Use this URL to cite or link to this record in EThOS: http://ethos.bl.uk/OrderDetails.do?uin=uk.bl.ethos.576872
Title: Derivation and validation of a clinical prediction rule to predict the likelihood of massive transfusion in military major trauma
Author: Mclennan, Jacqueline
Awarding Body: University of Manchester
Current Institution: University of Manchester
Date of Award: 2013
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Abstract:
Introduction: Coagulopathy in trauma increases the likelihood of death. Various approaches to correcting this coagulopathy are being investigated but the decision to use them is often haphazard. The guidelines on their use are limited. This project aims to produce a decision rule to rule in the need for massive transfusion in military trauma, and therefore to rule in the use of methods for treating the coagulopathy of trauma.Methods: A Delphi Study was performed to ascertain which variables a panel of experts felt were most predictive of the need for massive transfusion. This encompassed experts for the fields of emergency medicine, critical care, trauma surgery, pre-hospital care and haematology. Data from the British Defence Joint Theatre Trauma Registry, from January 2007 –July 2010 were obtained and divided into two groups to provide a derivation and validation dataset. Blood timings for people receiving 5 or more units were obtained from clinical records. Regression analysis of potential predictive factors either indicated by the Delphi panel or by literature review were analysed to confirm their value in prediction of Massive Blood Transfusion. A range of clinical prediction rules were produced using parameters deemed appropriate by the Delphi panel and shown to be predictive through regression analysis. Three of these models were then tested in the validation dataset.Results: Ethical approval has been found not to be required following decisions by the relevant military and civilian ethical boards. The Delphi panel was conducted over 3 rounds with a panel of 33 members. Response rates of 94%, 80% and 77% were achieved in rounds 1, 2, and 3 respectively. 195 statements were produced; agreement was achieved at the 80% level in 97 (49.7%) of statements.Regression analysis produced multiple factors that were highly predictive of Massive Blood Transfusion. These were formulated into 22 potential rules combining evidence of injury, clinical observations and pre-hospital care received to produce rules with high sensitivity and specificity. Overall 3 rules were deemed to provide the best balance of sensitivity and specificity, while remaining clinically valid. These were then validated, in a second dataset. The simplest of these rules has a sensitivity of 83.3% and a specificity of 85.5% with an AUROC of 0.907 in the derivation dataset. In the validation dataset sensitivity improved to 87.65% with a specificity of 80.45% with an AUROC curve of 0.91.Discussion: A clinical decision tool which ruled in the use of a massive transfusion protocol allowing early and aggressive resuscitation, and early provision of blood products, would result in better care for severely injured military trauma patients. Although several prediction models are available, they all require either weighted parameters or blood tests so limiting their utility. Further, sensitivity and specificity is poor. This project, through the use of expert opinion, and the production of a validated decision rule, has provided such a tool with improved sensitivity over the currently available prediction models. By using consensus from a Delphi panel, it is hoped that any tool will be acceptable to clinicians therefore improving quality of care. This rule now needs to be assessed prospectively for validity, ease of use and clinical acceptance.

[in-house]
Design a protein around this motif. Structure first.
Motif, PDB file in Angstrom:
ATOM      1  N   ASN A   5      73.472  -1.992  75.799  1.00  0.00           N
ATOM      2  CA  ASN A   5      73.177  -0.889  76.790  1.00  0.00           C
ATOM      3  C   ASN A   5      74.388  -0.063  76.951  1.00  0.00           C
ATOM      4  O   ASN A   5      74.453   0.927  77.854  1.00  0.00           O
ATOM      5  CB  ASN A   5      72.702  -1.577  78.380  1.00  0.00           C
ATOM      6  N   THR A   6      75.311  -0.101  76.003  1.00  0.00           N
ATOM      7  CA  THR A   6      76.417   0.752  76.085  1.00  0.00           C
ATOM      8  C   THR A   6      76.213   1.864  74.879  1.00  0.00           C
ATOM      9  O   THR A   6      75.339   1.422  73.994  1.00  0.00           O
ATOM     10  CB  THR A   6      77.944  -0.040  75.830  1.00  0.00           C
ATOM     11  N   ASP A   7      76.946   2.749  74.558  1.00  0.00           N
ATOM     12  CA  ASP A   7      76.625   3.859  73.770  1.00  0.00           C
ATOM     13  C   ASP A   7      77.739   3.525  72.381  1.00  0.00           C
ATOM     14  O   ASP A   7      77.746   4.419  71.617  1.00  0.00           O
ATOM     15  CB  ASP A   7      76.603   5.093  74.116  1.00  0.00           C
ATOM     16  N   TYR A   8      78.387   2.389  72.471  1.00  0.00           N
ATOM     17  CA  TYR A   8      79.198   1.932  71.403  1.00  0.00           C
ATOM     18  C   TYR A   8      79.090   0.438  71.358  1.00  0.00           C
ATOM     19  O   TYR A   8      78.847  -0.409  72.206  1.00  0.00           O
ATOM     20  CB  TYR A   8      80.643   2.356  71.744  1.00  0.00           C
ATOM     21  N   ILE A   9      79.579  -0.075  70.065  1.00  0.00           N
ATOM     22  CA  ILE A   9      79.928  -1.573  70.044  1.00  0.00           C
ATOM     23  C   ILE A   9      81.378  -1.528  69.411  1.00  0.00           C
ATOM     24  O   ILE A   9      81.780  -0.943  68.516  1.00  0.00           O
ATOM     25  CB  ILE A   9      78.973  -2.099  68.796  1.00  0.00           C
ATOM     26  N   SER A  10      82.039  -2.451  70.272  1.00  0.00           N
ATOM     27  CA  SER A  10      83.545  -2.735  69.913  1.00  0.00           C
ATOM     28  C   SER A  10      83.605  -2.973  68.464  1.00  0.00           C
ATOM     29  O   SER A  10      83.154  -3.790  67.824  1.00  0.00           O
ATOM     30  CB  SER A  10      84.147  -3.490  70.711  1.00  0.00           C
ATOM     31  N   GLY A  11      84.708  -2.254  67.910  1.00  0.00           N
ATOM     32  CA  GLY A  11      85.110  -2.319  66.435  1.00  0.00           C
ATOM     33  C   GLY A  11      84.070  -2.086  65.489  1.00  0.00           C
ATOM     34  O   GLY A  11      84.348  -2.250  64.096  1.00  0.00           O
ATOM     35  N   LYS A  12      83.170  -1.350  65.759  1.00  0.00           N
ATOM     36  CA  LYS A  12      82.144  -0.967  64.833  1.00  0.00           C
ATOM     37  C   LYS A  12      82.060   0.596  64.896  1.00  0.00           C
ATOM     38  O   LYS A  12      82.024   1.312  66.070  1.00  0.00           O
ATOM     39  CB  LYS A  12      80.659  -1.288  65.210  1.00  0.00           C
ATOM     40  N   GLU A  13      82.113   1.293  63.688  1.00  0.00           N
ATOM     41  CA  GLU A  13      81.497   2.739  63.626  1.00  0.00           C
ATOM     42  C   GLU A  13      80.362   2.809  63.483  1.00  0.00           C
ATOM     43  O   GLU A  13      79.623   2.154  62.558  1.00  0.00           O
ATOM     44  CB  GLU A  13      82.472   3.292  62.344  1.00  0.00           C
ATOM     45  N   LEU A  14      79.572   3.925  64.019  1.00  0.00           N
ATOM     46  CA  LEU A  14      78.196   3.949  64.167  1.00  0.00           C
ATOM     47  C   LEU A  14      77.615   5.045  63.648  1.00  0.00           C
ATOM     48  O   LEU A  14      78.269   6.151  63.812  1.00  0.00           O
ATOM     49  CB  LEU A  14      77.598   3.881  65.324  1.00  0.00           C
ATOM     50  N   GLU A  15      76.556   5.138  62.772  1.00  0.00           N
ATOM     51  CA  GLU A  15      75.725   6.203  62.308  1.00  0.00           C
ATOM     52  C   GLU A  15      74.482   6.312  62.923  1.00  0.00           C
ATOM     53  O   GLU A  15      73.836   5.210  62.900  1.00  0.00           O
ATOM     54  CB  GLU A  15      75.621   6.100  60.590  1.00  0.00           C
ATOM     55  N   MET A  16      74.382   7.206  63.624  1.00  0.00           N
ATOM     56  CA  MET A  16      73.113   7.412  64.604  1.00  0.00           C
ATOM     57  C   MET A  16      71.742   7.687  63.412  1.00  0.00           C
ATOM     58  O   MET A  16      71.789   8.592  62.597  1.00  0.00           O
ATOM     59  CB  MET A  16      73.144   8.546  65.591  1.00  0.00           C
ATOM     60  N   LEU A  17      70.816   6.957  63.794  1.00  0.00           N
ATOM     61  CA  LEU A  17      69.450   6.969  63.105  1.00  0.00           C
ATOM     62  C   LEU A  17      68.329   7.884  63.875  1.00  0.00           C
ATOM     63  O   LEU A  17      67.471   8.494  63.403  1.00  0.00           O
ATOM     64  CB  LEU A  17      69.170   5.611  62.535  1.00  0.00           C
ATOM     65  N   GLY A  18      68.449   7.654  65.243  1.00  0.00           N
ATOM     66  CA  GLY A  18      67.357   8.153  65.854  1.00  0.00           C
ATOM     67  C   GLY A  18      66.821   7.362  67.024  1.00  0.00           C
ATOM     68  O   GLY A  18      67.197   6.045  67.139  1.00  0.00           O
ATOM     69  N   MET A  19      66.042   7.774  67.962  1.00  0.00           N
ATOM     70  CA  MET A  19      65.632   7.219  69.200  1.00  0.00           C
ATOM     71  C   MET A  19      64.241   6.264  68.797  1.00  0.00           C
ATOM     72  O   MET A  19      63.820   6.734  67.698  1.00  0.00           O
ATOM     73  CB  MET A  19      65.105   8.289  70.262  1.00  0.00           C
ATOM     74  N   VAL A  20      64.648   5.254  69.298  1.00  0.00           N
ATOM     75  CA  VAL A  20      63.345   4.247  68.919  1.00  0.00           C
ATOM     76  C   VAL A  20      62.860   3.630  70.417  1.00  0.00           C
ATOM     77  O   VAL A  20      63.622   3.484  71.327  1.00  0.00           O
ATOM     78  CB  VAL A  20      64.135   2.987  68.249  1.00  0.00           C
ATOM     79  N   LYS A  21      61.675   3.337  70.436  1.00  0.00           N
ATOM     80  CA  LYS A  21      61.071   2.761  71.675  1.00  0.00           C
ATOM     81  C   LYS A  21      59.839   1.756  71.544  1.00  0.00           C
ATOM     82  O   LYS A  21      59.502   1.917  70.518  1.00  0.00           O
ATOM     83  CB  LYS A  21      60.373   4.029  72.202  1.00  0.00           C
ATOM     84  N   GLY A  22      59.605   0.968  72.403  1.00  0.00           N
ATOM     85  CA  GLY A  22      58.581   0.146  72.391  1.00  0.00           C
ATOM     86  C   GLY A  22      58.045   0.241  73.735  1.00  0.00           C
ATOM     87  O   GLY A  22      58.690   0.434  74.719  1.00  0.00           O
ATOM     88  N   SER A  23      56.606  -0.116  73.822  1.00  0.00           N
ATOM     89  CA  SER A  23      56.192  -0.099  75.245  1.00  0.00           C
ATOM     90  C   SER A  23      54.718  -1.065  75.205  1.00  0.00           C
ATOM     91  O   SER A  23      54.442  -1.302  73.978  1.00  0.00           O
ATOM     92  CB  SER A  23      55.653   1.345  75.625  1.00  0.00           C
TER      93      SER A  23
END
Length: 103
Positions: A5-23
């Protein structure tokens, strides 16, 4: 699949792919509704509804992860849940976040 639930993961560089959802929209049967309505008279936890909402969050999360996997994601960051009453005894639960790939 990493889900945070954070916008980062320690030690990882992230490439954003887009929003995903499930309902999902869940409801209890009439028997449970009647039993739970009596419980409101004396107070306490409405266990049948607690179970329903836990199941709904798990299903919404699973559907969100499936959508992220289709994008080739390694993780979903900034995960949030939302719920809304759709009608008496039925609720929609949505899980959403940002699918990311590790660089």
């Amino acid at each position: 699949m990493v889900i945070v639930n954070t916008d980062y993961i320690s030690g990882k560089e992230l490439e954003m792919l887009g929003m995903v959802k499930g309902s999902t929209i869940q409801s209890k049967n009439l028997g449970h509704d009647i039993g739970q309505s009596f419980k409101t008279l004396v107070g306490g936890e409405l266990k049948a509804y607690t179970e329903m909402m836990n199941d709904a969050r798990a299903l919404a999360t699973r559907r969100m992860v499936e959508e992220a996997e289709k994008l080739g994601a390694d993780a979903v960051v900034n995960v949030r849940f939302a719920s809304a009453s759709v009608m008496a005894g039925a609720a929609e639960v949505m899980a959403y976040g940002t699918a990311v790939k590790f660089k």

Supervisor: Mackway-Jones, Kevin Sponsor: Not available
Qualification Name: Thesis (M.D.) Qualification Level: Doctoral
EThOS ID: uk.bl.ethos.576872  DOI: Not available
Keywords: haemorrhage ; prediction rules ; trauma ; military
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